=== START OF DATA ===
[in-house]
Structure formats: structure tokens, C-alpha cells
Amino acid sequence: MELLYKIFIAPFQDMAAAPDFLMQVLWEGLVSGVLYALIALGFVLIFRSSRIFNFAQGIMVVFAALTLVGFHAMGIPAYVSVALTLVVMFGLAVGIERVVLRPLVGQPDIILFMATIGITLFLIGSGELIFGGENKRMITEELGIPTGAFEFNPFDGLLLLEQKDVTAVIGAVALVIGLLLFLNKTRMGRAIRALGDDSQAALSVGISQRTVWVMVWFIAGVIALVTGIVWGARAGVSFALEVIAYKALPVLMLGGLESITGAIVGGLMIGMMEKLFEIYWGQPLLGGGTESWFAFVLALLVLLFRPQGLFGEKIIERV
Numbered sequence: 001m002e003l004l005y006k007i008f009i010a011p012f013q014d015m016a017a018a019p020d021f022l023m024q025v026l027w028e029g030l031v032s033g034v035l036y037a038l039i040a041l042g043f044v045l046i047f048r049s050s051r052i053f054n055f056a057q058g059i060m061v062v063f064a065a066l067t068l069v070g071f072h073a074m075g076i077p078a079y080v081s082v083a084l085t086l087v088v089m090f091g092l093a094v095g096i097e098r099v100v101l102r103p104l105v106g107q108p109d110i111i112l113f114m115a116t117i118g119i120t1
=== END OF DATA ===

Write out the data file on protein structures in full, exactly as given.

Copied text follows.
[in-house]
Structure formats: structure tokens, C-alpha cells
Amino acid sequence: MELLYKIFIAPFQDMAAAPDFLMQVLWEGLVSGVLYALIALGFVLIFRSSRIFNFAQGIMVVFAALTLVGFHAMGIPAYVSVALTLVVMFGLAVGIERVVLRPLVGQPDIILFMATIGITLFLIGSGELIFGGENKRMITEELGIPTGAFEFNPFDGLLLLEQKDVTAVIGAVALVIGLLLFLNKTRMGRAIRALGDDSQAALSVGISQRTVWVMVWFIAGVIALVTGIVWGARAGVSFALEVIAYKALPVLMLGGLESITGAIVGGLMIGMMEKLFEIYWGQPLLGGGTESWFAFVLALLVLLFRPQGLFGEKIIERV
Numbered sequence: 001m002e003l004l005y006k007i008f009i010a011p012f013q014d015m016a017a018a019p020d021f022l023m024q025v026l027w028e029g030l031v032s033g034v035l036y037a038l039i040a041l042g043f044v045l046i047f048r049s050s051r052i053f054n055f056a057q058g059i060m061v062v063f064a065a066l067t068l069v070g071f072h073a074m075g076i077p078a079y080v081s082v083a084l085t086l087v088v089m090f091g092l093a094v095g096i097e098r099v100v101l102r103p104l105v106g107q108p109d110i111i112l113f114m115a116t117i118g119i120t1